Canadian study using Kitchener-based technology proves virtual healthcare post-surgery is beneficial

A national study used Kitchener-based technology to prove ‘remote patient monitoring’ post-surgery has many benefits for both patients and physicians.

The study, called ‘Post discharge after surgery Virtual Care with Remote Automated Monitoring technology-1’, or ‘PVC-RAM 1,’ was led by Hamilton-based researchers Dr. PJ Devereaux and Michael McGillion.

The study included 900 patients, and evaluated if ‘remote patient monitoring’, or RPM, when used for 30 days post-surgery, improved patient outcomes compared to standard care, where the onus is on the patient to seek healthcare support.

Patients took home Kitchener-based company Cloud DX’s Connected Health Kit to monitor their vital signs at home, including heart rate, blood pressure, oxygen saturation, respiration rate, body temperature and weight.

Nurses are also able to check in with their patients using the technology and patients can send their nurse or doctor photos of their surgical wounds and virtually access a nurse or doctor 24 hours a day.

“There’s been no intervention where I’ve received so much spontaneous feedback from patients, about saying how crucial it is to make sure this technology is available to people in the future,” said Devereaux.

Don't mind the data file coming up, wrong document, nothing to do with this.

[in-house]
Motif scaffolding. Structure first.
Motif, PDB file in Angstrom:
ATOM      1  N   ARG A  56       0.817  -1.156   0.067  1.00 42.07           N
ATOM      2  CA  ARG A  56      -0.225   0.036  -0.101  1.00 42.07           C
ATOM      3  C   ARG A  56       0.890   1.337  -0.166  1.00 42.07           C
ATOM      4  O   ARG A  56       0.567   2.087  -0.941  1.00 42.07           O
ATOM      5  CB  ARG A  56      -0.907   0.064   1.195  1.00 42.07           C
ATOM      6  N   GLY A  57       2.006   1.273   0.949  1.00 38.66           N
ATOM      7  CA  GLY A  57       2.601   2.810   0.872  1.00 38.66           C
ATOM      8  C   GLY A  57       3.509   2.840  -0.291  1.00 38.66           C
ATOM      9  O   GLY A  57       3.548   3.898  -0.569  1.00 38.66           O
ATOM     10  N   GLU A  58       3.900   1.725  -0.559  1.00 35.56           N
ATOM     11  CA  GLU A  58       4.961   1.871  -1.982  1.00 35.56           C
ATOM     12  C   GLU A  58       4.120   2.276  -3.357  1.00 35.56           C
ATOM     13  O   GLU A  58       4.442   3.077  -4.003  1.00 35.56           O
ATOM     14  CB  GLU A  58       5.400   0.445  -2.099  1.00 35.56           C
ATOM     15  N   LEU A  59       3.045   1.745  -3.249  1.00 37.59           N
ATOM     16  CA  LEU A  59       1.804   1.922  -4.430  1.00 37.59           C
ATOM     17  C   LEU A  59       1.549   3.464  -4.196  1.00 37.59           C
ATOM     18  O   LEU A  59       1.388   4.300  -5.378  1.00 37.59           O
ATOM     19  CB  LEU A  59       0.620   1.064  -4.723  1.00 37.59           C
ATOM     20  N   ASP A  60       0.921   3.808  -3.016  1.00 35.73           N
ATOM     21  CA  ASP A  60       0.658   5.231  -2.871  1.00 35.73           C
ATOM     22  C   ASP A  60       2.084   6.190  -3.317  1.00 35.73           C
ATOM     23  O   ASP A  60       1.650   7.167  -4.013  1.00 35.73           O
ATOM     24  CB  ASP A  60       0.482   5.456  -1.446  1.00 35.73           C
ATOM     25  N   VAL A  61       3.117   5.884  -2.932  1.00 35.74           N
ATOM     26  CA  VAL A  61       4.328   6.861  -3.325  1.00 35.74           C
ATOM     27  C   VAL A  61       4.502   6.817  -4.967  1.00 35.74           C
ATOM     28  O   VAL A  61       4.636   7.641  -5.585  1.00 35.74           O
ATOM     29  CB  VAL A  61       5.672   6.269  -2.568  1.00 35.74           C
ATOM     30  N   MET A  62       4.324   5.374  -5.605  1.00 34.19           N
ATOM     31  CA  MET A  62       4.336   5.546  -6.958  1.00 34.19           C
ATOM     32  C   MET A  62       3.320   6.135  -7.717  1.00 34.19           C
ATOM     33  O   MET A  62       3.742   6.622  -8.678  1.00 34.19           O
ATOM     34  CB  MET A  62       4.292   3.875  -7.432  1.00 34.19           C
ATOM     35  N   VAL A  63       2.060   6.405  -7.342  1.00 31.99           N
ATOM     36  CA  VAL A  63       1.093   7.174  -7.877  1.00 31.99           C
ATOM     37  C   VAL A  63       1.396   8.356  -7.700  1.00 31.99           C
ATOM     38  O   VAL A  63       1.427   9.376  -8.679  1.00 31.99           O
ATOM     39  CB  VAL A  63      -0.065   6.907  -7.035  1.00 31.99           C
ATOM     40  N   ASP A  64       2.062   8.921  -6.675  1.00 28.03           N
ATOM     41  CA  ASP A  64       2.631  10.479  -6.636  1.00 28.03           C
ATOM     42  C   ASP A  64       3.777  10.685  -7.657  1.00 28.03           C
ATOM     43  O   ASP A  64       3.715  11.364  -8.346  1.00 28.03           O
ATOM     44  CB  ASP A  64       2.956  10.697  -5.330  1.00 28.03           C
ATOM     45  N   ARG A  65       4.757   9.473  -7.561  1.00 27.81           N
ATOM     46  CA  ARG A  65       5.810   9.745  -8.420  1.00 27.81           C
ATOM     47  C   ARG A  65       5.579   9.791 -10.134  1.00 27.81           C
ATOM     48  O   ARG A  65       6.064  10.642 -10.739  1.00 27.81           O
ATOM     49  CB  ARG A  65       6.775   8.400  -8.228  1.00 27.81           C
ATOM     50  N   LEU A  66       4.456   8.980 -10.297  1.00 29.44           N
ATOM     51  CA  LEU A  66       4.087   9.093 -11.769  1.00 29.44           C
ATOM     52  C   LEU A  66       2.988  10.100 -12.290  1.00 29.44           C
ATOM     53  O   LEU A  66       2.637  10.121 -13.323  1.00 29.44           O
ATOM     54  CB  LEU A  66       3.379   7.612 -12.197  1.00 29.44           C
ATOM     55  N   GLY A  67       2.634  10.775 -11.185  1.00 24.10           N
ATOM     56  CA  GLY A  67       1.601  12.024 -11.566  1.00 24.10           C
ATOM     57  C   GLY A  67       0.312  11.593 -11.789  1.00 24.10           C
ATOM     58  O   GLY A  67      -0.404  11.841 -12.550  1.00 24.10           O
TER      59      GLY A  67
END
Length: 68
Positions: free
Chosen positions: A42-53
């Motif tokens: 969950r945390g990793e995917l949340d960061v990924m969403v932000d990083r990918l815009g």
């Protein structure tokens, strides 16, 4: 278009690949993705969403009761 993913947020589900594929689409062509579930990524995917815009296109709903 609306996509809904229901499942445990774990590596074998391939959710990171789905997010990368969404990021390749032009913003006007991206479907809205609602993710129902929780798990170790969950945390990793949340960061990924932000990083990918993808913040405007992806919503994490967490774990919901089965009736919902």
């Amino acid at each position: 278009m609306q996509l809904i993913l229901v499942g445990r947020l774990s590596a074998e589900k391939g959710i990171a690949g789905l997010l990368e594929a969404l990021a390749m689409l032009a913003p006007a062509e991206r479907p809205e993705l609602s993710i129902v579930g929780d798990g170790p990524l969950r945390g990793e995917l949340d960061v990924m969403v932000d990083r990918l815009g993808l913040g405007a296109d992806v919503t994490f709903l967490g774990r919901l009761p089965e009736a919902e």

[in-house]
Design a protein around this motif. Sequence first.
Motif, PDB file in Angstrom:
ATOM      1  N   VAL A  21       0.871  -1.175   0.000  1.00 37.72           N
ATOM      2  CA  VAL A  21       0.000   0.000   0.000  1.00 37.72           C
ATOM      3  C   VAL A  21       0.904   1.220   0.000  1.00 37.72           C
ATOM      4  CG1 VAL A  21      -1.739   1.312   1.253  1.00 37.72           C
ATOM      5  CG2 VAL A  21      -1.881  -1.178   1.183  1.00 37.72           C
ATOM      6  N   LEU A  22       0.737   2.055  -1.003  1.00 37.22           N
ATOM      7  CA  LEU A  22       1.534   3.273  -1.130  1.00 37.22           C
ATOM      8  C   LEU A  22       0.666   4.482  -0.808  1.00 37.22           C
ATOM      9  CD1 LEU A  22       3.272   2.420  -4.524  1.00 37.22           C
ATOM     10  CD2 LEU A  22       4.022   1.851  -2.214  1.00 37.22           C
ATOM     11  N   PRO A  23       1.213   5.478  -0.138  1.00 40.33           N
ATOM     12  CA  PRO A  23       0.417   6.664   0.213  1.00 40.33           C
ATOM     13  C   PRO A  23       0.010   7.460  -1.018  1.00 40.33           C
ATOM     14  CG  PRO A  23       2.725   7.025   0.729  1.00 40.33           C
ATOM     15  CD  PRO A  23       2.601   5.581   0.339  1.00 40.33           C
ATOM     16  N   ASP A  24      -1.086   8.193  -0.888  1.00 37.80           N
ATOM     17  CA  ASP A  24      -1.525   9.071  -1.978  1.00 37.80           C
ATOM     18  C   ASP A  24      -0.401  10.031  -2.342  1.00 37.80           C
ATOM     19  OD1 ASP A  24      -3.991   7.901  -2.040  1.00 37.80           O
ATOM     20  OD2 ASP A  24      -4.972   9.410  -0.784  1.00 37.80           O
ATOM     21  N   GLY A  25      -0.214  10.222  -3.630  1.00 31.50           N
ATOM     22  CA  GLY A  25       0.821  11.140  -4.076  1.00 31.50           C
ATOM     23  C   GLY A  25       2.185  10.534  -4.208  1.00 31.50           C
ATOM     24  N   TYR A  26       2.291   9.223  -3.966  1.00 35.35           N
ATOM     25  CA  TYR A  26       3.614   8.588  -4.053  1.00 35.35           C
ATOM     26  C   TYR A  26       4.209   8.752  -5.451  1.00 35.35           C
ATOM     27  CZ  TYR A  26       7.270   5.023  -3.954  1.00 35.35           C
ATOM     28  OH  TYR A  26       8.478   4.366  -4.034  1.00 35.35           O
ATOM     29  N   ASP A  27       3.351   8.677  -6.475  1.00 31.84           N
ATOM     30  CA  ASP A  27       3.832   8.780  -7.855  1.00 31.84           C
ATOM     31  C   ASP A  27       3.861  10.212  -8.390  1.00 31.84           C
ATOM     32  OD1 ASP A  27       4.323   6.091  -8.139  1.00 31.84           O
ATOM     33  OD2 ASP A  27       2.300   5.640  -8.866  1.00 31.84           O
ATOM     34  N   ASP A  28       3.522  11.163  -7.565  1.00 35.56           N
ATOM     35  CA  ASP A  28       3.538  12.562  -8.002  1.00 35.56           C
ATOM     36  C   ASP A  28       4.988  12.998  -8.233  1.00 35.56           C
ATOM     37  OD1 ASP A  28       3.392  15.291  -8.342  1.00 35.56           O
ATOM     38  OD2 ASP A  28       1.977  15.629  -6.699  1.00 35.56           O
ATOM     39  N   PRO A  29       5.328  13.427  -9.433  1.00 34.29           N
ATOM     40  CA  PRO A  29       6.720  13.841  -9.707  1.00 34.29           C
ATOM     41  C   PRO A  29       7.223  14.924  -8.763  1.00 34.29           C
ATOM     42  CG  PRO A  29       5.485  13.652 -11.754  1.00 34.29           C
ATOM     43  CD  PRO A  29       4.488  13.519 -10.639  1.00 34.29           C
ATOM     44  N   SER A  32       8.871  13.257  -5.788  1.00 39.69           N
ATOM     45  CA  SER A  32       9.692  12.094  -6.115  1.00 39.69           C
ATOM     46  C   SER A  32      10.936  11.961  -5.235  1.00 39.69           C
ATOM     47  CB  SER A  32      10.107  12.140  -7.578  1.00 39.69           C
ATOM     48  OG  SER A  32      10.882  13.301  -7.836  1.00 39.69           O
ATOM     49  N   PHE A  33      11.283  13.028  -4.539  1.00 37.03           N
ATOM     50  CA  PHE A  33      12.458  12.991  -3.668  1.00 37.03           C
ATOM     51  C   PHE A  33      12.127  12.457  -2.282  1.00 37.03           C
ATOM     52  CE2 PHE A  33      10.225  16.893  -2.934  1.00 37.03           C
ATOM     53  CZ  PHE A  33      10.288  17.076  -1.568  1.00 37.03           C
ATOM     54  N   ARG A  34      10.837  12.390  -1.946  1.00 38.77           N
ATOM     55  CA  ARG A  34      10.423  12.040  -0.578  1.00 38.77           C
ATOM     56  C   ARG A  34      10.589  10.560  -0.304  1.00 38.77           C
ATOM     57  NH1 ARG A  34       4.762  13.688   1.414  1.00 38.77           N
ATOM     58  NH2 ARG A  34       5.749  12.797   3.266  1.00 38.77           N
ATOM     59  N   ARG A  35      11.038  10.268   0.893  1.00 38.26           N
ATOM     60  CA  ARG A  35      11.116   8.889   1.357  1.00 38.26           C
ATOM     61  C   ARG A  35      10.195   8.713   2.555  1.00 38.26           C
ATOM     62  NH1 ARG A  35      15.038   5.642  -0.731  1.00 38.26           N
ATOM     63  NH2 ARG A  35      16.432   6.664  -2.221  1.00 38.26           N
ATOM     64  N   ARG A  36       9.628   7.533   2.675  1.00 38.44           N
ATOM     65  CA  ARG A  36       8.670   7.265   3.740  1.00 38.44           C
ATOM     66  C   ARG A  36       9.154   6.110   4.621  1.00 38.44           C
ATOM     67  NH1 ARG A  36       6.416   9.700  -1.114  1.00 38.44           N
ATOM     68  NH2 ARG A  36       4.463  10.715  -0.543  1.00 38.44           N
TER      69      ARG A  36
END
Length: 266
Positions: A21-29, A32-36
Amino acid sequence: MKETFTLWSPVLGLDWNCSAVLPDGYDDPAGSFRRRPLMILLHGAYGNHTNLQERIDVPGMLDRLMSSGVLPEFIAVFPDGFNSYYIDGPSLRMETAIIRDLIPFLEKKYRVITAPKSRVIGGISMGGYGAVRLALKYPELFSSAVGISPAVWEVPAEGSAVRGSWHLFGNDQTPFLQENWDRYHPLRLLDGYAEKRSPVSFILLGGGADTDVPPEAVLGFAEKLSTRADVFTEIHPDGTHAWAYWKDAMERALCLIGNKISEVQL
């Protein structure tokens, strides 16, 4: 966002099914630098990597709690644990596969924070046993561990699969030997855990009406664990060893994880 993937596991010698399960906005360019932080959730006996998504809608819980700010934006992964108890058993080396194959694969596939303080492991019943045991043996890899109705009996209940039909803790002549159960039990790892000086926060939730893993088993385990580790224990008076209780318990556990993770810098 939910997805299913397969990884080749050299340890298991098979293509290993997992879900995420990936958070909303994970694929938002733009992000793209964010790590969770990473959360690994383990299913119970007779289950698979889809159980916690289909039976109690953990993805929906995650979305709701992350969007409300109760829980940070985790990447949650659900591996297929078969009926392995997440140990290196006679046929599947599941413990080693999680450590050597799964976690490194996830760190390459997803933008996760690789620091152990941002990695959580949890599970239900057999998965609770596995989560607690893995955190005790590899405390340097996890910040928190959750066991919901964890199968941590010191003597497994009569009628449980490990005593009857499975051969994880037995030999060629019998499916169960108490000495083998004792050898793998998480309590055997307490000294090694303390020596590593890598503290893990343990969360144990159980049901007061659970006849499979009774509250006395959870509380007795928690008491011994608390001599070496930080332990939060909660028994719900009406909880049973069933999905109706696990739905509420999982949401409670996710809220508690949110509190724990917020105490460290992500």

“Doctors prescribe ‘Connected Health’ to patients after their surgery,” said Robert Kaul, the CEO of Cloud DX. “Patients take a kit home with them that includes a tablet computer and medical devices, that are licensed by Health Canada, to gather their vital sign data.”

Ernie Seeger was diagnosed with cancer earlier this year. After his surgery, he took part in the study, and enjoyed having virtual care at his fingertips.

“They would call us every night at a certain time,” said Seeger.

“I personally think it should be handed to people as they’re walking out the door from their surgery, like a gift bag,” Seeger added with a laugh. “It was awesome, and so easy to use.”

Seeger recalls one night he was in a lot of pain and was able to get in contact with a doctor late at night. “I called the service in place, and the doctor automatically knew exactly what was going on.” Seeger said. “He wrote me a prescription and I was able to pick it up the following morning, before 11 o’clock on a Sunday”.

The results of the study revealed virtual care reduced patient pain, and could reduce hospital readmissions and emergency care visits.

Researchers found virtual care also resolved and prevented drug errors during patient care transition.

“Through the virtual care process, we identified that 30 per cent of patients went home with drug errors, and on average, two drug errors,” said Devereaux. “In standard care, only six percent of those drug errors are detected.”

Devereaux says he was surprised the drug error was that high.

“It just highlights why we need a different system to mitigate that problem,” said Devereaux.

Following the PVC-RAM1 study using Cloud DX’s technology, Hamilton Health Sciences adopted the model and is currently using this type of care in its surgical transitions program.

There are plans to take the research even further.

“We’re getting ready to start the PVC-RAM 2 trial,” said Devereaux. “We will expand and better figure out how to make these interventions more efficient and effective.”